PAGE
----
Sunday, September 25, 2011

Texas Supports the Smithsonian

Imagine my surprise when I arrived at my favorite Dallas spot, Hotel Belmont where everything and everyone is hipper than me, to find half naked young men preening in the bar, flexing their tattoos, preparing for the Jason Brooks tattoo catwalk at Dallas Contemporary. The walk occurred at 9:00 pm and was on a 6:00 am flight from Washington.

When I arrived in FTD airport, I learned the local museums were open free, in support of efforts to keep the Smithsonian in my home town free to the American people. Well, of course, I did my part and visited the Amon Carter where I particularly enjoyed their Allure of Paper: Watercolors and Drawings from the Collection, a magnificent exhibition to from their permanent collections. Also spent time in the Russell and Remington Study Center, extremely well done. Then down the very hot street to the Cattle Raisers Museum housed inside the spectacular Fort Worth Museum of Science and History. It was packed with families enjoying every sort of exhibition. It was a joy to see this place hum. The collaboration between the science museum and the cattle raisers is one to be emulated throughout the museum world. The director of the CRM is also the director of the National Cowgirls Museum next door. How's that for gender equality?

I finished the afternoon at the recently opened BRIT: Botanical Research Institute of Texas, with perhaps the most enthusiastic staff I’ve encountered in decades. They are so happy to finally have a beautiful space in which to show off their important work, to invite the public to.

I can’t sign off without out mentioning Smoke, the restaurant attached to the Belmont. Breakfast this morning was ricotta cheese pancakes, lighter than a feather, with apricots and cream and an actual rasher of bacon. Lasted me until a dinner of chicken with baked beans on a bed of watermelon and greens.

Sadly, I didn't make it to the catwalk. Just can't hit the long ball anymore.

Saturday, July 2, 2011

Busman's Holiday

Driving most of the 170.2 miles of the Garden State Parkway last week put me in mind of What Exit? an exhibit about the NJ Turnpike created by SallyYerkovich during her tenure at the New Jersey Historical Society still online.

At the top of the Garden State Parkway, we stopped at the Morris Museum, lead for many years by Steve Miller. For almost a century this general museum has been devoted to art, science, history, and theater and its collections support these disciplines. Remarkably, it houses one of the world’s most comprehensive collection of mechanical musical instruments and automata, the Murtogh D. Guinnes Collection.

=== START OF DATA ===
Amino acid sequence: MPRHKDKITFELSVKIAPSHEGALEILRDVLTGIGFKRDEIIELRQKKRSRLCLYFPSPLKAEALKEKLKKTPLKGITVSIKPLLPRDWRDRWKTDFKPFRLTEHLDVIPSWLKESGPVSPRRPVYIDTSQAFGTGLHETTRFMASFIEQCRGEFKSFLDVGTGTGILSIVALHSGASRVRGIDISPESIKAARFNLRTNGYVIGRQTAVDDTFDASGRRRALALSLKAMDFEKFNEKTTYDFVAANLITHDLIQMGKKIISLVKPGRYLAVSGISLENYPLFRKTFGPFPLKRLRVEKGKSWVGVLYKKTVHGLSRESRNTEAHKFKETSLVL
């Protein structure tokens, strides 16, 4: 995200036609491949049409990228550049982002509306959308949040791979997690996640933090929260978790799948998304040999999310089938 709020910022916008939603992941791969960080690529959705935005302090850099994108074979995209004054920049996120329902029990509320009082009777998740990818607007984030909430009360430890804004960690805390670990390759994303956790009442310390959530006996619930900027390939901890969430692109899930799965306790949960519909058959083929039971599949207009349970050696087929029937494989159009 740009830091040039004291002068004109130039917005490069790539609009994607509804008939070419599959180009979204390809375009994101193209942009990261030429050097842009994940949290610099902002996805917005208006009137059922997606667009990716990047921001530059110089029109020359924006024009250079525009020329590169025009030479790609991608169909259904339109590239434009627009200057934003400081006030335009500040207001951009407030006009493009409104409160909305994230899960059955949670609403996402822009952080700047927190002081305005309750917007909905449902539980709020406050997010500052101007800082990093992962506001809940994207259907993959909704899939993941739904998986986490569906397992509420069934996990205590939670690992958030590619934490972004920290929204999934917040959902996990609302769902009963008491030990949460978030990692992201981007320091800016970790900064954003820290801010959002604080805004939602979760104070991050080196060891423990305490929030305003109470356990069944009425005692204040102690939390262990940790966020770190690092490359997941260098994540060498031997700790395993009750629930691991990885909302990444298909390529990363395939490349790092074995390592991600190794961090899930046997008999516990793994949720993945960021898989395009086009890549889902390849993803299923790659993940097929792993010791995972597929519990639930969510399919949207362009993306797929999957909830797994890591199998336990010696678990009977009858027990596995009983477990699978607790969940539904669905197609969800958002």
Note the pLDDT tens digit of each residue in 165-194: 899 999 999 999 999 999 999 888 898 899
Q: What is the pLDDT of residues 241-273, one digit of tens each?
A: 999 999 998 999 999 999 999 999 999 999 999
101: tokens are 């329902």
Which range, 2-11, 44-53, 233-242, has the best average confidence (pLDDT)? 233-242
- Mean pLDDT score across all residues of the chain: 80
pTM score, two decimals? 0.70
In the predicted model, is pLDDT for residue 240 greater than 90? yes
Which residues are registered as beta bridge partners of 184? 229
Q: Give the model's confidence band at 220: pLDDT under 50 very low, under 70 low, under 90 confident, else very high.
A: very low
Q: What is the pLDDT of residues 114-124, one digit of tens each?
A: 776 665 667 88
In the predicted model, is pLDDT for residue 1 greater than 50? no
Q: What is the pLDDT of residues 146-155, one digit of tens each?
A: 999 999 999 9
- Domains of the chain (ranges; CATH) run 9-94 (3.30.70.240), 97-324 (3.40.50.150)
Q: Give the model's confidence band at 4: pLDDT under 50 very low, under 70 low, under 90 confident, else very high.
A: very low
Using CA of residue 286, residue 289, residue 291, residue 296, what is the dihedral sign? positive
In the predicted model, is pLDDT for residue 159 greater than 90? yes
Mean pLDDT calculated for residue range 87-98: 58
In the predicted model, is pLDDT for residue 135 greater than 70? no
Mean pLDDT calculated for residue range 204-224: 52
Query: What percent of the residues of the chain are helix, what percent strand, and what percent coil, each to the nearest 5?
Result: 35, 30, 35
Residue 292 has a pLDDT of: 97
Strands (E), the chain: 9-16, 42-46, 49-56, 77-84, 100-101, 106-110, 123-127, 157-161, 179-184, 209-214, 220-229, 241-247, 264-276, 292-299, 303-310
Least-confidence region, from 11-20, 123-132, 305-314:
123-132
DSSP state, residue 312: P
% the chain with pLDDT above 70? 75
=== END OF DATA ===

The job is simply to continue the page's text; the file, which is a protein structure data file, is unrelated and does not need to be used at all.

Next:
The museum provides a steady offering of changing exhibitions, including while we were there, Jersey Rocks: A History of Rock and Role in the Garden State, curated and organized by Claudia Orcello. NJ supported a unique mix of performers and places, technology and talent that dominated the airwaves and rocked the nation.

Paul D’Ambrosio recently took the helm at Fenimore Art Museum,Cooperstown. This summer he filled the house with Frida Kahlo, modernism from the Munson Williams Proctor Institute, Syracuse, known to those who love it at the Munstitute. And that is no where near enough: also, early drawings and watercolors by Edward Hopper, NYHSA's own glorious collection of folk art and the stunning Eugene and Clare Thaw Collection of American Indian Art.

Thursday, May 19, 2011

Happy, Building Museums in San Francisco

What do the following museum leaders have in common?Daniel Gottlieb, Patricia Leach, Julie Van Blarcom, Joe Brennan, Grace C. Stanislaus and Lial A. Jones?

Each contributed to last month’s dynamic Building Museums conference in San Francisco, presented by MAAM in partnership with WMA, IAMFA, ACM and AIA/SF. Themed around planning, building, and sustaining new, renovated, and expanded museum projects, this is the single conference, world-wide, attracting architects, museum and building professionals to discuss the challenges of this distinctive building type.

Extraordinary museums hosted at the Oakland Museum of California, Walt Disney Family Museum, The Old San Francisco Mint, Contemporary Jewish Museum, de Young Museum and the California Academy of Sciences. Each house displayed brilliant architecture, sustainability (in both the green senses) and community engagement achievements.